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Lyttle Foundation for Heart Disease launched

Lyttle Foundation for Heart Disease launched

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Vincentians are being reminded that it is their responsibility to safeguard themselves against sickness and disease.

The calls were made by health and wellness officials at the launch of the Janice Lyttle Foundation for Heart Disease last Saturday, which took place poolside at the Grenadine House in Kingstown Park.{{more}}

The foundation, which was initiated by Vincentian international recording artiste Kevin Lyttle in the memory of his mother, aims to educate Vincentians on Chronic Non Communicable Diseases, in particular heart disease.

Lyttle indicated that the foundation will raise funds in an effort to provide financial assistance to persons who may be in need of such.

“The foundation is going to help those in need of information. We would also try to send them away for treatment.”

“This foundation is going to be an extra boost, especially for women because a lot of women around the world show few symptoms and a lot of times it is misdiagnosed.”

Janice Lyttle died at the age of 55 in 2008 from a heart attack brought on by diabetes.

Health Educator in the Ministry of Health and the Environment, Patsy Wyllie, who spoke at the launch, said that while her ministry’s primary goals include the promotion and maintenance of health and the prevention of diseases and injury, the ultimate responsibility for one’s health is in his or her hands.

“As citizens, we have to understand that we are responsible for our own health, and sometimes we always think it is the other person, until it hits close to home… there are certain things we cannot do for you, so you determine the quality of life that you live.”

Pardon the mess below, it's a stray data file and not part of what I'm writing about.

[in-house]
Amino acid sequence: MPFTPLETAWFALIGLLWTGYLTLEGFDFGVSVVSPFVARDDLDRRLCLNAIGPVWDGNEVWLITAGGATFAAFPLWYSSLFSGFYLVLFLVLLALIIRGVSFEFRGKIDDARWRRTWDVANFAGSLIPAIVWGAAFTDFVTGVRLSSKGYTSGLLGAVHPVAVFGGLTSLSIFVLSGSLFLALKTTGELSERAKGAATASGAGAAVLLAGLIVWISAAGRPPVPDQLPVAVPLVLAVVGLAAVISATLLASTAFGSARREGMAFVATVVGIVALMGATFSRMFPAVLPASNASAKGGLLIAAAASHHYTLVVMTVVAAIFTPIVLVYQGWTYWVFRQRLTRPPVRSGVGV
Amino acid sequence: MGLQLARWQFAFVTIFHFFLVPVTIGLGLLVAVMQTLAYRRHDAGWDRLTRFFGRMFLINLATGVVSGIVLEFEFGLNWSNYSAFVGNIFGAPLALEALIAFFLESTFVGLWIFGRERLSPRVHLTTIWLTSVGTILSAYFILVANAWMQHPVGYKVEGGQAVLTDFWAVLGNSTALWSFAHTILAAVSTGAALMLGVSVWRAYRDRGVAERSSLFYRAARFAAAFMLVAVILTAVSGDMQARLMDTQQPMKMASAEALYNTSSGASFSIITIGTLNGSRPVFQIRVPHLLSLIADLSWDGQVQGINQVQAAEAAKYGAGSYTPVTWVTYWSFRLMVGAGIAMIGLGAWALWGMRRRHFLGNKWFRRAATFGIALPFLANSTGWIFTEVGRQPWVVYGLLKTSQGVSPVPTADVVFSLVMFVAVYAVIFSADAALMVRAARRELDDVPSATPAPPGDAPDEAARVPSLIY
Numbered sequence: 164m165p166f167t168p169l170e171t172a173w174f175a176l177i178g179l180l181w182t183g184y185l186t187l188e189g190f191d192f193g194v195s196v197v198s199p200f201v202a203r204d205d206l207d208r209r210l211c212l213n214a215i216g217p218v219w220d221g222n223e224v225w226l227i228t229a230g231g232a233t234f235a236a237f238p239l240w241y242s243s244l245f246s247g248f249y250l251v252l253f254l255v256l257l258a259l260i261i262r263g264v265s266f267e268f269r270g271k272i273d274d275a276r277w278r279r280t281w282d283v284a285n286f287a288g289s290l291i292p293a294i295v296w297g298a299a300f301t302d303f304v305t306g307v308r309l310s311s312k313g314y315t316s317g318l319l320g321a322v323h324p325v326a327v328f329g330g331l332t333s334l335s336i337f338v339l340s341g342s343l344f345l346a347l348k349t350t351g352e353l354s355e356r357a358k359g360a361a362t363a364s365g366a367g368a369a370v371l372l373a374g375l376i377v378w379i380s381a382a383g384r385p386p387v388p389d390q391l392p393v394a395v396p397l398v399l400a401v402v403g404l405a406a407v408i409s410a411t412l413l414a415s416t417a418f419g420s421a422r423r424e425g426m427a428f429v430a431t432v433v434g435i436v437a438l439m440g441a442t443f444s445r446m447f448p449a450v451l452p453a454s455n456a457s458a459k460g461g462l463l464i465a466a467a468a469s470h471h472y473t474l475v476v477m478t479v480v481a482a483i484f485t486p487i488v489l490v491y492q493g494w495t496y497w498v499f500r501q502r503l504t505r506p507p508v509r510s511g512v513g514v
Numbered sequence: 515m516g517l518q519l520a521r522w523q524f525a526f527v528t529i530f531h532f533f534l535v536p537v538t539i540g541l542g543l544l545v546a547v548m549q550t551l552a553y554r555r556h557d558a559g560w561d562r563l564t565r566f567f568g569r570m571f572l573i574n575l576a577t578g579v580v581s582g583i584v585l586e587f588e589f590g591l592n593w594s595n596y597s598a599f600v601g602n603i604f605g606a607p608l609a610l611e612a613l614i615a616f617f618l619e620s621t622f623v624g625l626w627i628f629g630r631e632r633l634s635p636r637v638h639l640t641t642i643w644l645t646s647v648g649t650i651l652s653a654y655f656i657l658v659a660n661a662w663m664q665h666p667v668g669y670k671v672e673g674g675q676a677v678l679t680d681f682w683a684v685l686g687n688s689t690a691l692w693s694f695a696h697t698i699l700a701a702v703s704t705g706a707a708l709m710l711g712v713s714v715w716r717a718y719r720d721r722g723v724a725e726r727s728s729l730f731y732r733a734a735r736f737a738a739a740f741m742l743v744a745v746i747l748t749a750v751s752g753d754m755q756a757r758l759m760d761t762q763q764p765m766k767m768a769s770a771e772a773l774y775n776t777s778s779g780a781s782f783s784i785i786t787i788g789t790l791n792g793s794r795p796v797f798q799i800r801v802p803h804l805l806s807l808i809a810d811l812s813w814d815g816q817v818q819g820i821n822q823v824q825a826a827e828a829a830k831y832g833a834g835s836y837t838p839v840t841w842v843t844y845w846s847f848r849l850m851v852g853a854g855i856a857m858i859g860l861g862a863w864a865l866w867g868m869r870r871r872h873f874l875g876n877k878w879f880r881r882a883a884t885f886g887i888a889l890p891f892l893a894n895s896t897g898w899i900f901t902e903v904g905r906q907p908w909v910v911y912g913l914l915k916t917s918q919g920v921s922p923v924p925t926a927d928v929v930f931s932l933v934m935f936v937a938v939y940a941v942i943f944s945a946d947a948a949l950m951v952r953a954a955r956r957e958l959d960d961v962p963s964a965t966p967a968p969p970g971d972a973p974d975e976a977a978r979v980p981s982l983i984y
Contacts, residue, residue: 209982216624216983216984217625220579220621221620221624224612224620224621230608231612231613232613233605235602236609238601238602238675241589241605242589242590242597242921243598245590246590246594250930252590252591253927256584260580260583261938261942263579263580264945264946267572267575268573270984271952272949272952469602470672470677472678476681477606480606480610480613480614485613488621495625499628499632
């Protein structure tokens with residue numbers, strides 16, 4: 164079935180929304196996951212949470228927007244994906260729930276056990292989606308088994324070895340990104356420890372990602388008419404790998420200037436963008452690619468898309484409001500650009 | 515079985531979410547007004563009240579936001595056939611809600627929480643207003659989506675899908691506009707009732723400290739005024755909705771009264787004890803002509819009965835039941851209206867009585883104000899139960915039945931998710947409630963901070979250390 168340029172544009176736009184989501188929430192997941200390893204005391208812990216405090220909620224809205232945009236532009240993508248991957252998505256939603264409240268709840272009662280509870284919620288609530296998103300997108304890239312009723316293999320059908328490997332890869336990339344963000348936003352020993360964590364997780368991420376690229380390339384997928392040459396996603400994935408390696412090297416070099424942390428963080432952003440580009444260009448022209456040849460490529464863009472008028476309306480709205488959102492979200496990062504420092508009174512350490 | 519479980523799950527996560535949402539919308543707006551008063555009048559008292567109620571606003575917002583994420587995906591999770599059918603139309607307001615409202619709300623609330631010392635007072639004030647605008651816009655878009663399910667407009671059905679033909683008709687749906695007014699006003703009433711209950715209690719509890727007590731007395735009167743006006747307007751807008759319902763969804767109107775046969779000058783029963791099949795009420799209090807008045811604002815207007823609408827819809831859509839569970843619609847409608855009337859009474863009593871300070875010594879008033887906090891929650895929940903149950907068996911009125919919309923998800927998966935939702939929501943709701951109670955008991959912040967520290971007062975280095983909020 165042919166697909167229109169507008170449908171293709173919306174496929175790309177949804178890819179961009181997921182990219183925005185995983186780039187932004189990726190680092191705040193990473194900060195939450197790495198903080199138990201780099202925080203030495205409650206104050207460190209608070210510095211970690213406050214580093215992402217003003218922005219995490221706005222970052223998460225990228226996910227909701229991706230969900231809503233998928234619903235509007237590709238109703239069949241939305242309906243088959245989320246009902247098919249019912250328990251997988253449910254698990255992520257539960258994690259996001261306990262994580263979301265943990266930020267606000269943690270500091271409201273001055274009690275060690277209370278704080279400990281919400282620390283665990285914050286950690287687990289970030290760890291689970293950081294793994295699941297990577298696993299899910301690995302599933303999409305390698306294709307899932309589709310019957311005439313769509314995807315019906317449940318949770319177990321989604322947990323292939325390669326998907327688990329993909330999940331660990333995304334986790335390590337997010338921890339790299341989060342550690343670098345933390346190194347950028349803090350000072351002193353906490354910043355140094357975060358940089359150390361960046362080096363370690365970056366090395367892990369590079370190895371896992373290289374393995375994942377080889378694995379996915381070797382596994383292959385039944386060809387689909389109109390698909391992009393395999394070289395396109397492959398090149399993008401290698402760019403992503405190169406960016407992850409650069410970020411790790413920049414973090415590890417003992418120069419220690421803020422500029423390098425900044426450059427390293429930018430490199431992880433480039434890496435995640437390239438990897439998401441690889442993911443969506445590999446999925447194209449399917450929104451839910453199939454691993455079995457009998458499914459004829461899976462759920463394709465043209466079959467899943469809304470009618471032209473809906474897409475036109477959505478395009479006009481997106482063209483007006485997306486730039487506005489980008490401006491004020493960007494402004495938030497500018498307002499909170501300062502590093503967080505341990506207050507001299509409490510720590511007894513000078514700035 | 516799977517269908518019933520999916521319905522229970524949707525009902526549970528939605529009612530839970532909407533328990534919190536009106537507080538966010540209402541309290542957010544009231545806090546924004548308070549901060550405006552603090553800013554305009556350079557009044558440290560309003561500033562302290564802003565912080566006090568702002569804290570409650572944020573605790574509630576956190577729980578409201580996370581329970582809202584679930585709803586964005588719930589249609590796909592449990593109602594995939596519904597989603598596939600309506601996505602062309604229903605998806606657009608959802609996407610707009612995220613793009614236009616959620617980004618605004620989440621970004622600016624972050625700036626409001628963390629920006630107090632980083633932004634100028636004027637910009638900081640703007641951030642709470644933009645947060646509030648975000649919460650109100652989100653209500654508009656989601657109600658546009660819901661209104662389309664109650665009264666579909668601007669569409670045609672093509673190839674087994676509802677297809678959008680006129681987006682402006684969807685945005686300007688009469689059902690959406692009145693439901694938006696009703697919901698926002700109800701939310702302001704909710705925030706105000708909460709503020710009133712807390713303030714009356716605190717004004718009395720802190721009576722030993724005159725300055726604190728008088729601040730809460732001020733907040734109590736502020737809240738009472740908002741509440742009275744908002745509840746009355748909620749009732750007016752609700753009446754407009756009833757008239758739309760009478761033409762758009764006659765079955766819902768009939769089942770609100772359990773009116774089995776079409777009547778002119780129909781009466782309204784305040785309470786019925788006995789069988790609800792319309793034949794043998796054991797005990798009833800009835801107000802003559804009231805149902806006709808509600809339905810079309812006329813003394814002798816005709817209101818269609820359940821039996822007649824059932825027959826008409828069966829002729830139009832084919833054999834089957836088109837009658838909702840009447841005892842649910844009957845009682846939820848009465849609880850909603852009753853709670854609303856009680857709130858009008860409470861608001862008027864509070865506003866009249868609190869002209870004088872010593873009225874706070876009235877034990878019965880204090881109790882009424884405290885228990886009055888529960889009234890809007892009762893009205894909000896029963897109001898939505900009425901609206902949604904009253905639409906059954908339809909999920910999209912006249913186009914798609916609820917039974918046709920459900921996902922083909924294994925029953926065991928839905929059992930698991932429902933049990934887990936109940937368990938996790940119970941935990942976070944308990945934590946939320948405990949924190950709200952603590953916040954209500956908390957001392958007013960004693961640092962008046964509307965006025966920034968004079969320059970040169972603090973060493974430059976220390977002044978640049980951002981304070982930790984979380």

Wyllie disclosed that the number one cause of death in St. Vincent and the Grenadines and the Caribbean is Chronic Non Communicable Disease, with cancer being the main killer.

She added that cancer is followed by diabetes and hypertension which can lead to heart disease and stroke, with HIV and AIDS coming in behind.

“There are certain risk factors that can expose us to heart attacks and strokes; some of it we can do something about and others we cannot do anything about,” Wyllie said.

Factors that are beyond our control, Wyllie indicated, include our age, race, sex and family history.

Avoidable risk factors include smoking, alcohol consumption, poor diet and to some extent violence and criminal activities.

“We all know that we have to die some day, but what we know for sure is that we determine what our journey is like. Through certain measures and lifestyle changes we can determine somewhat how we die.”

A number of other lifestyle changes were highlighted by head of the Division of Sports in the Ministry of Sport and Youth Affairs, Nelson Hillocks, who advocated that persons introduce physical activities (exercise) to one’s daily or weekly routine.

“Physical activity improves the quality of life,” Hillocks said. “Physical activity extends longevity, protects against the development of Chronic Non Communicable Diseases, and helps maintain full functioning and independence among the elderly.”

According to Hillocks, the relationship between physical activity and improved health includes a reduced demand of oxygen at any given level of physical activity, a reduced tendency for blood to form clots where arteries have narrowed, it increases elasticity in the arteries and creates changes in the brain chemistry that may improve mood and cognitive functioning.

“Becoming more physical active is up to us; no one can deprive you of it, it’s just a matter of incorporating some simple steps into your life.”

“As of now, in memory of the late Janice Lyttle, let us all commence the transformation of our lives. The task is not easy but we can make it.” Hillocks added.

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